When we think of entry as “adornment” on this carriage, should we hope for “open ground” as the place to enter, or should we recognize “the burning house” as the place to leave? Should we reach the conclusion that the gate itself is merely a place of momentary passing? Remember, inside the carriage, there is turning [of the Flower of Dharma] which causes us to disclose, to display, to realize, and to enter the burning house; and on the open ground there is turning which causes us to disclose, to display, to realize, and to enter the burning house. There are cases in which the turning activates disclosure, display, realization, and entering through the whole gate as the gate here and now; and there are cases in which the turning activates disclosure, display, realization, and entering through a single gate which is [an instance of] the universal gate. There is turning which discloses, displays, realizes, and enters the universal gate in each instance of disclosure, display, realization, and entering. There are cases in which the turning activates disclosure, display, realization, and entering within the gate, and there are cases in which the turning activates disclosure, display, realization, and entering outside the gate. There are cases of disclosing, displaying, realizing, and entering open ground in the burning house.

Dogen goes on to ask:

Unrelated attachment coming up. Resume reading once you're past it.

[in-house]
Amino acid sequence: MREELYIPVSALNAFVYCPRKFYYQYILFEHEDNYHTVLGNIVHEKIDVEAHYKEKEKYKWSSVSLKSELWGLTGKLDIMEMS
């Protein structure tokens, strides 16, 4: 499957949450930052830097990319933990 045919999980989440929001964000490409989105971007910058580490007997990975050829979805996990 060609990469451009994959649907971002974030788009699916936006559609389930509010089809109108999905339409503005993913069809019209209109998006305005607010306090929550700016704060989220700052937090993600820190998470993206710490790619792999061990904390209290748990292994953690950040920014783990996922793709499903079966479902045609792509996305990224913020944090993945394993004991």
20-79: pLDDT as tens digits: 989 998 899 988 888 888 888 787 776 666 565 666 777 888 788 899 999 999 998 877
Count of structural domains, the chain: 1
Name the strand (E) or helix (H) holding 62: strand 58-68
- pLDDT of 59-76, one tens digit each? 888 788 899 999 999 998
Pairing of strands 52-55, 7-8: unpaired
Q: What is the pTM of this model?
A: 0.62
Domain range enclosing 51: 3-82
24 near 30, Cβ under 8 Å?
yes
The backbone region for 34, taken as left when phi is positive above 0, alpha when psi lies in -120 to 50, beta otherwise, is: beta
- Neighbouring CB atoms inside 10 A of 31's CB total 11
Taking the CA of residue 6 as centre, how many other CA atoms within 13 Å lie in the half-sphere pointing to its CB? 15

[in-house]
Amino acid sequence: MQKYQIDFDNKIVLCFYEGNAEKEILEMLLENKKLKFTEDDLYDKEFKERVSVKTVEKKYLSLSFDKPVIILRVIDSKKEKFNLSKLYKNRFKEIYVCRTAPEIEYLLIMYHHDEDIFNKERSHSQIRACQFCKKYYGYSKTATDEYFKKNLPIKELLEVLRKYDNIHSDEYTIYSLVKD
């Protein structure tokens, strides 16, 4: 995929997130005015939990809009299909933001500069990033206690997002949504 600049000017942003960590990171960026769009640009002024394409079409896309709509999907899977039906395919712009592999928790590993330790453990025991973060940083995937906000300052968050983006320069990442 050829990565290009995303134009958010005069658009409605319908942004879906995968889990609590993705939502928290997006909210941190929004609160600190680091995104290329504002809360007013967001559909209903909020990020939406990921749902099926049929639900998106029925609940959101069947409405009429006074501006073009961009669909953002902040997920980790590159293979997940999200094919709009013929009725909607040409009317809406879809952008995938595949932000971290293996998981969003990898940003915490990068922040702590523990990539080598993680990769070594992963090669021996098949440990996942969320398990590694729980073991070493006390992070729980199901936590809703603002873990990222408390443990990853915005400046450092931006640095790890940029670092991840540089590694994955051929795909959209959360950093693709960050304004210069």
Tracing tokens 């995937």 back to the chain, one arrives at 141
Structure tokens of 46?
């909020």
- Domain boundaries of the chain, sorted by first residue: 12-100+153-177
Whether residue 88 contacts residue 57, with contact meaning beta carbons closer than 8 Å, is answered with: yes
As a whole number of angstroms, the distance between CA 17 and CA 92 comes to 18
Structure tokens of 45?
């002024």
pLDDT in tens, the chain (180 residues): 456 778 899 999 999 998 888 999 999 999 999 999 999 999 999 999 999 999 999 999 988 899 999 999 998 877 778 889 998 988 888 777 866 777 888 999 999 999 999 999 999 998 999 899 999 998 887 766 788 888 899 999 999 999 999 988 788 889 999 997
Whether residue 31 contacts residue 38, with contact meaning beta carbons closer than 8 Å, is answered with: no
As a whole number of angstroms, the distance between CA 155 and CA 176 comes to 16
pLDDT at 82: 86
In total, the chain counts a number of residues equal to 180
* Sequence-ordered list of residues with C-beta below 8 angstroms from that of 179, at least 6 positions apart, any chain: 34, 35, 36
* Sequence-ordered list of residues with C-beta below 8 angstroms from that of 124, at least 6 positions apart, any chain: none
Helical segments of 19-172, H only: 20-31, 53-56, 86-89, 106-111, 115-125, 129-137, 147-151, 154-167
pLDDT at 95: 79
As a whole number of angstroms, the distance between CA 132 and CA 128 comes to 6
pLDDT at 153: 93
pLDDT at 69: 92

Who could make the turning of the wheel of the triple world into a carriage and ride it as “the One Vehicle”?

The 'triple world' is the world just as it is and, to me, the similarity in the phrases: 'turning of the wheel of the triple world' and turning of the 'Flower of Dharma,' suggests the triple world and the Flower of Dharma are one and the same. To me, the question is not so much who as how.. It helped me to look at the passage at the top of this post:

...Without intention the mind is right.
(This seems to refer to the no-self and emptiness we realize in sitting zen.)
With intention the mind becomes wrong.
(This seems to refer to actions in the 'triple world.')

When we transcend both with and without,
We ride eternally in the white ox cart.

How do we transcend both with and without? We practice "disclosure, display, realization, and entering" having recognized the reality of delusion. Dogen says: not worry about the mind being deluded. Your actions are the bodhisattva way itself; they are to serve the buddhas which is original practice of the bodhisattva way. What you disclose, display, realize, and enter is, in every case, an instance of the Flower of Dharma turning.